Perhaps the intent of these creators isn’t always crystal clear? Anyway, has working on Mars & Beyond illustrated any particularly worrying synergies of tech and evolution for you?

FS: The military have invasive and destructive innovations for warfare that are frankly terrifying. The television series Black Mirror has adroitly capitalised on the more shocking end of combat and information retrieval. The idea of privacy has become mutable, as we, as a culture, have been accustomed to constant surveillance. Indefatigable robots that can target and hunt human targets... mind wiping drugs. Yet again, this is all created by the human mind and will, a mind soon to be sharpened by A.I. We are the arbiters of how deadly the future will be, so let’s hope we make good choices.


Mars & Beyond is looking at post-humanism from a broad perspective across climate, science, art and space. Philosopher Donna Harraway looked at post-humanism as a time “when species meet” – humans making room and time for non-human things outside the usual scope of our moral concern. Post-human ethics inevitably encourage us to think of interests outside of our own species and somehow be less narcissistic. Is it time for us to imagine these things differently? What does post-humanism mean for The October! Collective?

FS: This is a time of great opportunity that demands the need for much stronger and clear minded ethical discourse to guide it. If humanity no longer sits at the centre of the global experience, if others types of subjectivity exist such as machine minds, then exactly what ethical pathways will emerge? For us, it is a real challenge, as we believe it is the function of artists such as ourselves to play at the boundaries and test the frontiers. To us, it is a personal invitation to expand and improve upon the human project.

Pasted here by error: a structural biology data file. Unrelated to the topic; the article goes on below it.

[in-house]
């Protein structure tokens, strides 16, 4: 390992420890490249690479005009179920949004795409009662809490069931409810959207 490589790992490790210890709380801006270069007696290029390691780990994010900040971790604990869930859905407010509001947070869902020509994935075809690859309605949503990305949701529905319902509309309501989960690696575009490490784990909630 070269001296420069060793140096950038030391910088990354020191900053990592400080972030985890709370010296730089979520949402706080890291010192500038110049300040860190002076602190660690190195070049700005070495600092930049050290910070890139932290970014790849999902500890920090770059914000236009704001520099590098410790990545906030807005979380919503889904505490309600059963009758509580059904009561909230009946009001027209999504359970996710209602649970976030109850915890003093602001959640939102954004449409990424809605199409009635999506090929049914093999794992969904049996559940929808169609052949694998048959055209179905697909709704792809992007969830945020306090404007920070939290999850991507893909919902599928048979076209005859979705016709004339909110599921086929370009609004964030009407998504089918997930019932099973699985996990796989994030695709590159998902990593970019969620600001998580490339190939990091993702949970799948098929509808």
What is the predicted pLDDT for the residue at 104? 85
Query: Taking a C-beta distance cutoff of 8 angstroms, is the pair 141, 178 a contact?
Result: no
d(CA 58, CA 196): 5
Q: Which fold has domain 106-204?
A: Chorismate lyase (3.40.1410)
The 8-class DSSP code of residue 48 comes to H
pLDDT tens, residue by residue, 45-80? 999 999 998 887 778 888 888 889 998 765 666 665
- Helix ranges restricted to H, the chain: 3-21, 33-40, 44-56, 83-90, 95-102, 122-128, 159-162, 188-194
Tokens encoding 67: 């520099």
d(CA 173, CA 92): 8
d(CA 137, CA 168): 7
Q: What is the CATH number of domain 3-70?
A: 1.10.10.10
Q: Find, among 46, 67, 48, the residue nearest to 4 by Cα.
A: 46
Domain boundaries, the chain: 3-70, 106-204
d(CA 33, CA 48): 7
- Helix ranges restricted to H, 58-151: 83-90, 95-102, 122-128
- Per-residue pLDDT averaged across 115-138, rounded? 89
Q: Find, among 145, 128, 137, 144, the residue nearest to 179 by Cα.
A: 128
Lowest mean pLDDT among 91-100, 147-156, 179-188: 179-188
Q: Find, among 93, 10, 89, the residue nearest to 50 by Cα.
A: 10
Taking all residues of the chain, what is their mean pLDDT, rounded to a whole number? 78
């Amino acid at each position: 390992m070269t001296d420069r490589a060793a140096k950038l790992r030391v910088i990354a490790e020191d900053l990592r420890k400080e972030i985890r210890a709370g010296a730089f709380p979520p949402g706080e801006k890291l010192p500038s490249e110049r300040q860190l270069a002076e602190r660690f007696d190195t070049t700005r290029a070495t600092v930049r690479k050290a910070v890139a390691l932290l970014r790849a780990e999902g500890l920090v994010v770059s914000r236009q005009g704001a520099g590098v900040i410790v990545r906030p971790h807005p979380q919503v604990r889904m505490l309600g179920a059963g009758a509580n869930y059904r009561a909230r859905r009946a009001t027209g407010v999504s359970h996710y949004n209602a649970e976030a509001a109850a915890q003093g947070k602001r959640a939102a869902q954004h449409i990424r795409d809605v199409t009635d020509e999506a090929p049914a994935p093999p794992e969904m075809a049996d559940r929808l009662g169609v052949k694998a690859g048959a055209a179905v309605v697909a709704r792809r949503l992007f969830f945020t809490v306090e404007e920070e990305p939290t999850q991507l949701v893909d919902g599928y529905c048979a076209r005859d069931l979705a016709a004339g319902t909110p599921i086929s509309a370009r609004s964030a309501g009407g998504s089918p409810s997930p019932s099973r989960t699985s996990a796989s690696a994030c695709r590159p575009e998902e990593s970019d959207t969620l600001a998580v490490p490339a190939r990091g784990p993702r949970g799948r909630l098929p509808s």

Donna Harraway’s seminal Cyborg Manifesto began tackling the beginnings of these ideas in 1985. Her research looked into how tech and digital growth was changing what it really meant to be female. Her “cyborg” vision imagined a sort-of interchangeable gender, that speaks to this post-human world with new chains of affiliation. But, this also means new chains of exploitation of environment and people - explored in parts of Mars & Beyond. So, as well as the tech challenge to gender norms, how do you think these rapid changes are affecting sex and relationships?

FS: Prepare for a redux of desire and expectation. It’s hard to predict exactly what a brain interfaced directly to the entire sum of human knowledge may need or want. Sex will present an infinity of options; it is inevitable that some of our future partners may be part or entirely machine. We ourselves could find our bodies modified for added sensation or function.

Romance and kindness occupy a sphere that involves more nuanced processes. A blow job robot is one thing, a robot you can take to dinner is another. There is also a concern that, with the inequality of our age, there could be an underclass of human that does not have the modifications their peers will. This could leave you a loser in romance.


How is The October! Collective’s work getting under the skin of human kindness?

FS: For kindness, my concern is that the closer to objects we become, the more easily we are objectified. The interior experience of empathy might not function in quite the same way if we are not so dominated by our physical emotional responses.